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Slideshow: Take a look around the Farm Progress Show at driverless tractors, new combines, marching bands and more.

Holly Spangler

September 5, 2018

31 Slides

The Farm Progress Show wrapped up its 2018 run last week in Boone, Iowa, with avid crowds and, after 0.8 of an inch of rain fell Tuesday afternoon, a solid reminder of why permanent facilities make for a better show.

“The permanent facilities certainly showed their value on Wednesday, even though we had to push a few vehicles into parking lots,” says Matt Jungmann, Farm Progress national events director. “But with the sun and wind, by the time Wednesday was said and done, people pretty much drove out of lots. We were able to close the show out with two beautiful days on Wednesday and Thursday.”

The week in weather was also a good reminder of why the show employs weather services and shuts down for lightning. Jungmann reports they closed the show at 12:30 p.m. on Tuesday, when lightning was within an 8-mile perimeter of the show grounds. They didn’t get the all clear from the National Weather Service until after 5 p.m., when they were free of lightning for 30 minutes within an 8-mile perimeter of the site.

“The plan worked, even though it’s not a lot of fun,” Jungmann says, noting that lightning actually struck on the property after the show was canceled and closed, but no one and no property was damaged. “That definitely confirmed it was the right decision.”

By the weekend, football games at both University of Nebraska and Iowa State University were canceled due to lightning. “It’s good to see lightning safety being taken seriously all across the event world,” Jungmann adds.

Wednesday and Thursday brought beautiful weather. Harvest demonstrations ran on Thursday, where staff and companies performed two and a half days of harvesting in one day. Tiling demos ran all day on Thursday.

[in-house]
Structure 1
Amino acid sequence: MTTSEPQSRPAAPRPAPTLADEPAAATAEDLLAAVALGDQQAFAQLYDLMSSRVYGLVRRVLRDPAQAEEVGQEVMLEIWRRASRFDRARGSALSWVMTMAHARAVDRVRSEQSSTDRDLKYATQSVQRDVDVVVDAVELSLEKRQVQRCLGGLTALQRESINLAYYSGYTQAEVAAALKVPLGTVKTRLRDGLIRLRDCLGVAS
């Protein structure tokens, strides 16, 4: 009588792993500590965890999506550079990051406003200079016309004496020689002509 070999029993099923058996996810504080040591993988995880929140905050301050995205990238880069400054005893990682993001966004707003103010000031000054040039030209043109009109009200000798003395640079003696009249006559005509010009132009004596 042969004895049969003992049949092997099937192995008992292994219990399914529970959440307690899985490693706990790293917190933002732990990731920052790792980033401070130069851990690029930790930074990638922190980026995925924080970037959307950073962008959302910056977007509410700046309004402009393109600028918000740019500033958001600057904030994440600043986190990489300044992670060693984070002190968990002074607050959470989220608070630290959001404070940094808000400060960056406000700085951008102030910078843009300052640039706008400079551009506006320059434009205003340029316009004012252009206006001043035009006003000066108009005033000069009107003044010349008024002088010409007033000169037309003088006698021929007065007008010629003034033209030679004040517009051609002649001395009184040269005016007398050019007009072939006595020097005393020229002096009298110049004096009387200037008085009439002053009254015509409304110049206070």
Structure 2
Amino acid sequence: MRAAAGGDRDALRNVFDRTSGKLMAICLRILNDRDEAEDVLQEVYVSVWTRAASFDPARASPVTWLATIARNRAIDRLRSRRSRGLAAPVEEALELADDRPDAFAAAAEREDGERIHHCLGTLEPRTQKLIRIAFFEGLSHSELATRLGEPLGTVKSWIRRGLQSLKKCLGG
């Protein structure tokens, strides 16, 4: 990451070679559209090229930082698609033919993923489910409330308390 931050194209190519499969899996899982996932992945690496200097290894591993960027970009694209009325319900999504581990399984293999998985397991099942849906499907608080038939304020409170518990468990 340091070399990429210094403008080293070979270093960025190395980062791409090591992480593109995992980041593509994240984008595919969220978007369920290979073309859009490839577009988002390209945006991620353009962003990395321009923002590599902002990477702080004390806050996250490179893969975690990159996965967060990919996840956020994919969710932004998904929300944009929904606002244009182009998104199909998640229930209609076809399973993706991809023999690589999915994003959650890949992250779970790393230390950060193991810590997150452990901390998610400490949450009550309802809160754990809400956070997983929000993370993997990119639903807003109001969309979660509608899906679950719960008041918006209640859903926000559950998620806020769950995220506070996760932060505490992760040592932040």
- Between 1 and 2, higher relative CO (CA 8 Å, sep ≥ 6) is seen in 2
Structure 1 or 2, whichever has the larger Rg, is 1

Back on the exhibit field, Jungmann says the exhibits themselves really stole the show, with exhibitors putting big efforts into creating beautiful displays. Visitors flocked to the floating tractor, the new Fendt combine and the autonomous tractor demonstrations.

It takes an army to put on a show of this magnitude, and Jungmann credits law enforcement, emergency medical services, parking officials and more for their work. “There are hundreds and hundreds of people devoted to making the show successful, and we couldn’t do it without them,” he adds. 

Next year’s Farm Progress Show will be held Aug. 27-29 in Decatur, Ill. Check out the slideshow below to see photos from this year's event.

About the Author(s)

Holly Spangler

Senior Editor, Prairie Farmer, Farm Progress

Holly Spangler has covered Illinois agriculture for more than two decades, bringing meaningful production agriculture experience to the magazine’s coverage. She currently serves as editor of Prairie Farmer magazine and Executive Editor for Farm Progress, managing editorial staff at six magazines throughout the eastern Corn Belt. She began her career with Prairie Farmer just before graduating from the University of Illinois in agricultural communications.

An award-winning writer and photographer, Holly is past president of the American Agricultural Editors Association. In 2015, she became only the 10th U.S. agricultural journalist to earn the Writer of Merit designation and is a five-time winner of the top writing award for editorial opinion in U.S. agriculture. She was named an AAEA Master Writer in 2005. In 2011, Holly was one of 10 recipients worldwide to receive the IFAJ-Alltech Young Leaders in Ag Journalism award. She currently serves on the Illinois Fairgrounds Foundation, the U of I Agricultural Communications Advisory committee, and is an advisory board member for the U of I College of ACES Research Station at Monmouth. Her work in agricultural media has been recognized by the Illinois Soybean Association, Illinois Corn, Illinois Council on Agricultural Education and MidAmerica Croplife Association.

Holly and her husband, John, farm in western Illinois where they raise corn, soybeans and beef cattle on 2,500 acres. Their operation includes 125 head of commercial cows in a cow/calf operation. The family farm includes John’s parents and their three children.

Holly frequently speaks to a variety of groups and organizations, sharing the heart, soul and science of agriculture. She and her husband are active in state and local farm organizations. They serve with their local 4-H and FFA programs, their school district, and are active in their church's youth and music ministries.

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